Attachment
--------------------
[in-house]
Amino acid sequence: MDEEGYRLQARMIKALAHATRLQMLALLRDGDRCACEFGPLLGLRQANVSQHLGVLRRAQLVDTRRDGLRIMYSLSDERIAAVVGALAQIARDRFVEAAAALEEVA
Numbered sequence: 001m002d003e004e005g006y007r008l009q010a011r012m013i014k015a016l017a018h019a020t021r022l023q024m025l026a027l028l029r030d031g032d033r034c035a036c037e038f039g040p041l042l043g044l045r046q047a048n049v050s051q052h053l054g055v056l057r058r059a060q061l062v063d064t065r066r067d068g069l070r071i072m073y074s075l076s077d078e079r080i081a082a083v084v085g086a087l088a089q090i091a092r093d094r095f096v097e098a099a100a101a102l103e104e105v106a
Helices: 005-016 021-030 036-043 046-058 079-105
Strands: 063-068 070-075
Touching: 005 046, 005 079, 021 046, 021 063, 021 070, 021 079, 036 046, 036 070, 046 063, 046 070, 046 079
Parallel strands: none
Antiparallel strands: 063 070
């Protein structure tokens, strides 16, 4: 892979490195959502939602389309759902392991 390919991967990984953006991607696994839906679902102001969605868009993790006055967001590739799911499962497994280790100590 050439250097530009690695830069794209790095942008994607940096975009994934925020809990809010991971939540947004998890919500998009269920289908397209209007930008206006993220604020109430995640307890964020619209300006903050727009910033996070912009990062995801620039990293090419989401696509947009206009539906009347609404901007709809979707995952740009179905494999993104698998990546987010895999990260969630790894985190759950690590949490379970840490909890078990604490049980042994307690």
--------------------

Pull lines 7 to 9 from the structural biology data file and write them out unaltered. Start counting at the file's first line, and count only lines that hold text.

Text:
Parallel strands: none
Antiparallel strands: 063 070
């Protein structure tokens, strides 16, 4: 892979490195959502939602389309759902392991 390919991967990984953006991607696994839906679902102001969605868009993790006055967001590739799911499962497994280790100590 050439250097530009690695830069794209790095942008994607940096975009994934925020809990809010991971939540947004998890919500998009269920289908397209209007930008206006993220604020109430995640307890964020619209300006903050727009910033996070912009990062995801620039990293090419989401696509947009206009539906009347609404901007709809979707995952740009179905494999993104698998990546987010895999990260969630790894985190759950690590949490379970840490909890078990604490049980042994307690």